SINGAPORE U.S. stock futures pared gains on Wednesday on disappointment that President Donald Trump did not offer further details on his plans for infrastructure spending and tax reforms, but the dollar firmed on growing expectations of a rate hike this month.
European stock markets were poised for a positive start, with financial spreadbetters expecting Britain's FTSE 100 and Germany's DAX to open 0.2 percent higher, and France's CAC 40 to start the day up 0.3 percent.
Trump pledged to overhaul the immigration system, improve jobs and wages for Americans and promised "massive" tax relief to the middle class and tax cuts for companies, but offered few clues on how they would be achieved.
"Investors had little to grasp, and market reaction during the speech was choppy and directionless," market strategists Paul Christopher, Scott Wren and Sameer Samana at Wells Fargo Investment Institute in St. Louis said.
"The speech was short on details and did not even prioritize the president’s goals."
Capital Economics' Paul Ashworth said Trump has been struggling to implement his agenda.
"With Congress getting bogged down by Republican infighting over efforts to repeal and replace existing health care legislation, it will take considerably longer to pass tax reform than we initially thought on election night," Ashworth said in a note.
"There is now a good chance that it won't happen until early next year."
U.S. stock futures still pointed to a higher open after Trump's address, though gains shrank as the speech progressed.
E-mini S&P futures edged up 0.2 percent, after the Dow Jones Industrial Average snapped a 12-day winning streak to close down 0.1 percent in the prior session.
The dollar index, which tracks the greenback against a basket of trade-weighted peers, advanced 0.5 percent to 101.58 after wobbling during the speech.
The U.S. currency also rebounded against the yen, rising more than 0.6 percent to 113.47 yen, after erasing its session gains during Trump's speech.
Reaction in Asian stock markets to Trump's speech was largely muted, with the MSCI's broadest index of Asia-Pacific shares outside Japan down about 0.2 percent.
A raft of surveys pointing to stronger factory activity in China, Japan and other parts of the region were largely overshadowed by Trump's speech.
"The market has been looking for reassurance that Trump intends to follow through on his campaign promises for fiscal spending, tax cuts and deregulation," said James Woods, global investment analyst at Rivkin in Sydney.
"He mentioned these policies but did not provide any actual details or time lines, which is what investors are looking for."
"However, in particular I think his rhetoric has been toned down around protectionism when mentioning China and Mexico, easing concerns around trade wars."
Markets took note of that shift, with the Mexican peso trading higher after Trump's speech, although it inched lower later in the session. While still pledging to build a wall on the U.S.'s border with Mexico, Trump made no mention of his earlier promises to make the latter pay for it.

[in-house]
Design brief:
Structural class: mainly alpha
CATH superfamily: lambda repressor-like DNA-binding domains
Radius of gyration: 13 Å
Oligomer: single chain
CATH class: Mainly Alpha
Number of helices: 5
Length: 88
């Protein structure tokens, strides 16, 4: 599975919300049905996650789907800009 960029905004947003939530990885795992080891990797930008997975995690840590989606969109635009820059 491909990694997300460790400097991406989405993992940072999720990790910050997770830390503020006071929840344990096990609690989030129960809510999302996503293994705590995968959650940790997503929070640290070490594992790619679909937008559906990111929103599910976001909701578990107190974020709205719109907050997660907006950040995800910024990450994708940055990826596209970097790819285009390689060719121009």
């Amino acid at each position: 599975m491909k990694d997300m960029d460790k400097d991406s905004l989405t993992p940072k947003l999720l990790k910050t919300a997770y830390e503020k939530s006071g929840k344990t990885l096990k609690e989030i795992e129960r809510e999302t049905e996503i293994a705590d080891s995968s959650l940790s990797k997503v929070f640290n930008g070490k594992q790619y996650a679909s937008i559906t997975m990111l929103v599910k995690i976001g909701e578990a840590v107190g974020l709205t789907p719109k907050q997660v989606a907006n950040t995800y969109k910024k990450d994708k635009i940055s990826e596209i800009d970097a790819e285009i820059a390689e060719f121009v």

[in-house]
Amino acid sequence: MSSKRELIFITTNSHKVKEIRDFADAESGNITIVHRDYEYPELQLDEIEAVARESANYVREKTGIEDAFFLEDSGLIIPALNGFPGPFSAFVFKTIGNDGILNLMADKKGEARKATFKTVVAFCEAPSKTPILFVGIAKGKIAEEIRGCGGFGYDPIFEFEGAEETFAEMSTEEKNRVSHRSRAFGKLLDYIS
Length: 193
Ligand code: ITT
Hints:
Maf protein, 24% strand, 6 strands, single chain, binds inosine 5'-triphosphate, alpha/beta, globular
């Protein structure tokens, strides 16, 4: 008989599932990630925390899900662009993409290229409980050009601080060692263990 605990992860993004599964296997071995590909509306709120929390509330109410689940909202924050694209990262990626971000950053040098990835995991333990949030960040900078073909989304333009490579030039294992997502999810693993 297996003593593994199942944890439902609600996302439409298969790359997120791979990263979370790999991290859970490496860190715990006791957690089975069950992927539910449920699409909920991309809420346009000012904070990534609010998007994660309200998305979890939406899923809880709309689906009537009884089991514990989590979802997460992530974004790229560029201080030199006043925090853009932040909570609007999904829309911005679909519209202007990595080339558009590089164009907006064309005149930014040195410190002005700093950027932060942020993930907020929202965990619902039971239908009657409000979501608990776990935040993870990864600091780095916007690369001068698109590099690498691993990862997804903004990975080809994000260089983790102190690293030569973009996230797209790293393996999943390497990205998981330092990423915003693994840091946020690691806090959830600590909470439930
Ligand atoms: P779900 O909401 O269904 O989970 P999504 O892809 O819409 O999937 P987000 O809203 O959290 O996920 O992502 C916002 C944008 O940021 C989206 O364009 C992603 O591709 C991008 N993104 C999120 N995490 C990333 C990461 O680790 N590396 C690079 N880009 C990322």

The dollar gained 0.1 percent to 20.116 pesos.
In Asia, Chinese stocks advanced 0.2 percent after the stronger-than expected factory readings.
Japan's Nikkei extended gains to close up 1.4 percent, buoyed by a weaker yen and data showing manufacturing activity expanded in February at the fastest pace in almost three years.
Australian shares narrowed earlier losses to end the day 0.1 percent lower and the Australian dollar edged up 0.1 percent to $0.7666 after stronger-than-expected GDP data showed the economy had returned to growth in the fourth quarter.
Treasury yields, which had jumped after Fed officials suggested an interest rate rise might be delivered later this month, hovered slightly below that level after Trump's speech.
U.S. 2-year Treasury yields were at 1.2961 after Trump's speech, after touching 1.304, their highest level since Dec. 15, earlier in the session.
New York Fed President William Dudley, among the most influential U.S. central bankers, said overnight on CNN that the case for tightening monetary policy "has become a lot more compelling" since Trump's election.
U.S. 10-year Treasury yields rose to 2.4132 percent, after touching a session high of 2.426.
Traders now see a better than 62 percent chance of a rate increase in March, a surge from 31 percent earlier, according to CME Group's FedWatch tool.
The sharp shift came despite disappointing U.S. fourth-quarter gross domestic product growth, as downward revisions to business and government investment offset robust consumer spending.
Data releases later in the session include German unemployment for February, and U.S. personal consumption expenditure, inflation and manufacturing activity.
In commodities, oil prices inched higher as supply cuts by the Organization of Petroleum Exporting Countries offset concerns about rising U.S. crude inventories.
U.S. crude rose almost 0.1 percent to $54.07 a barrel. Global benchmark Brent jumped 1.9 percent to $56.63.
The stronger dollar weighed on gold, which dropped 0.3 percent to 1,244.36 an ounce, extending Tuesday's 0.3 percent decline.
(Reporting by Nichola Saminather; Editing by Shri Navaratnam and Kim Coghill)